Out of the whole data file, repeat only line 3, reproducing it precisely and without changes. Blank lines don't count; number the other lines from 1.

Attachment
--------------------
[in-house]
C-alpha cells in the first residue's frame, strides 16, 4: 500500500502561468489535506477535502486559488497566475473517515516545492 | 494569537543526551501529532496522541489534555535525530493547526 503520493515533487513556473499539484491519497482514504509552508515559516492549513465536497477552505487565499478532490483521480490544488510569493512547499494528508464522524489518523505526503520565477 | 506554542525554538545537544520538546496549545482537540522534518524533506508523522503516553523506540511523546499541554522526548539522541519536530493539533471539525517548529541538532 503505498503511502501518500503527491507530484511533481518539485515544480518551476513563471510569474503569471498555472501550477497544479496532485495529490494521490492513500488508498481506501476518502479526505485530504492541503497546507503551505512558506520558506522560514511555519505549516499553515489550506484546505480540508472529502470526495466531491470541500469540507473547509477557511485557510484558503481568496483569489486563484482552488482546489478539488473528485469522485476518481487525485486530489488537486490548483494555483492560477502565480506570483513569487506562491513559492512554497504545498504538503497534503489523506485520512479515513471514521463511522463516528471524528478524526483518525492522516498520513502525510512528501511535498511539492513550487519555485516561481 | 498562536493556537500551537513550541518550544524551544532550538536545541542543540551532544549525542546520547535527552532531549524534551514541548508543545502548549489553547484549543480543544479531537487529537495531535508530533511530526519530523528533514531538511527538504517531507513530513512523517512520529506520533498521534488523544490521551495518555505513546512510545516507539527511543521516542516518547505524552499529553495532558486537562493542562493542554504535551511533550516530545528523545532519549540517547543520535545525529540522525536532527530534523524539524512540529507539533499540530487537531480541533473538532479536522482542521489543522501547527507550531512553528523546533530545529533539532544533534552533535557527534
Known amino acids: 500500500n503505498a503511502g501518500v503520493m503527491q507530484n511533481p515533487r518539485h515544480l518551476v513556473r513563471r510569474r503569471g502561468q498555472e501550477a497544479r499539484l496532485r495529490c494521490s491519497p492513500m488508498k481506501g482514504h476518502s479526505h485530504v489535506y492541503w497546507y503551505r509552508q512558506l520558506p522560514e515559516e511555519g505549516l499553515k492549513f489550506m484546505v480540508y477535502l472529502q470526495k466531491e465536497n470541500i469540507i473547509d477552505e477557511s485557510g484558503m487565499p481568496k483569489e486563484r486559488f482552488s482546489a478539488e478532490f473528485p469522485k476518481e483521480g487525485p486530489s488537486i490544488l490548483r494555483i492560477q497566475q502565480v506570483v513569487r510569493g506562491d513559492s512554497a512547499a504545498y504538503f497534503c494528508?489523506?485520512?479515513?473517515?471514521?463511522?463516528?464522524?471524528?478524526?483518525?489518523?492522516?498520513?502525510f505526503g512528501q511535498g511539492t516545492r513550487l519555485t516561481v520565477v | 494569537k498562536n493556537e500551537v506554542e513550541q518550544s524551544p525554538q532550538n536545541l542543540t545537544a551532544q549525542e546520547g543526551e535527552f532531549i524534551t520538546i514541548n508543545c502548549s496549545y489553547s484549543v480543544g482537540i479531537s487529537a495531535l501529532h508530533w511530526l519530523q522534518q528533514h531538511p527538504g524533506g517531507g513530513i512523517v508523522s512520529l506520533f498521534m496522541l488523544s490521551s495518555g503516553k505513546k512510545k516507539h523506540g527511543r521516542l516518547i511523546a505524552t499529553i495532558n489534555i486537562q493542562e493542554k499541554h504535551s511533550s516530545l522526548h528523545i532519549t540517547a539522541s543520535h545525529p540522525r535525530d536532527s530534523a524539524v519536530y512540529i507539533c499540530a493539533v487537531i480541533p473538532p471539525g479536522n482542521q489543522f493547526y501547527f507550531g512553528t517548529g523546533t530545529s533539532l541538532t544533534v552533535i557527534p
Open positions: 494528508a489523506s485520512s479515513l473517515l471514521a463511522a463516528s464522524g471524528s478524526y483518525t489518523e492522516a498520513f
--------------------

Known amino acids: 500500500n503505498a503511502g501518500v503520493m503527491q507530484n511533481p515533487r518539485h515544480l518551476v513556473r513563471r510569474r503569471g502561468q498555472e501550477a497544479r499539484l496532485r495529490c494521490s491519497p492513500m488508498k481506501g482514504h476518502s479526505h485530504v489535506y492541503w497546507y503551505r509552508q512558506l520558506p522560514e515559516e511555519g505549516l499553515k492549513f489550506m484546505v480540508y477535502l472529502q470526495k466531491e465536497n470541500i469540507i473547509d477552505e477557511s485557510g484558503m487565499p481568496k483569489e486563484r486559488f482552488s482546489a478539488e478532490f473528485p469522485k476518481e483521480g487525485p486530489s488537486i490544488l490548483r494555483i492560477q497566475q502565480v506570483v513569487r510569493g506562491d513559492s512554497a512547499a504545498y504538503f497534503c494528508?489523506?485520512?479515513?473517515?471514521?463511522?463516528?464522524?471524528?478524526?483518525?489518523?492522516?498520513?502525510f505526503g512528501q511535498g511539492t516545492r513550487l519555485t516561481v520565477v | 494569537k498562536n493556537e500551537v506554542e513550541q518550544s524551544p525554538q532550538n536545541l542543540t545537544a551532544q549525542e546520547g543526551e535527552f532531549i524534551t520538546i514541548n508543545c502548549s496549545y489553547s484549543v480543544g482537540i479531537s487529537a495531535l501529532h508530533w511530526l519530523q522534518q528533514h531538511p527538504g524533506g517531507g513530513i512523517v508523522s512520529l506520533f498521534m496522541l488523544s490521551s495518555g503516553k505513546k512510545k516507539h523506540g527511543r521516542l516518547i511523546a505524552t499529553i495532558n489534555i486537562q493542562e493542554k499541554h504535551s511533550s516530545l522526548h528523545i532519549t540517547a539522541s543520535h545525529p540522525r535525530d536532527s530534523a524539524v519536530y512540529i507539533c499540530a493539533v487537531i480541533p473538532p471539525g479536522n482542521q489543522f493547526y501547527f507550531g512553528t517548529g523546533t530545529s533539532l541538532t544533534v552533535i557527534p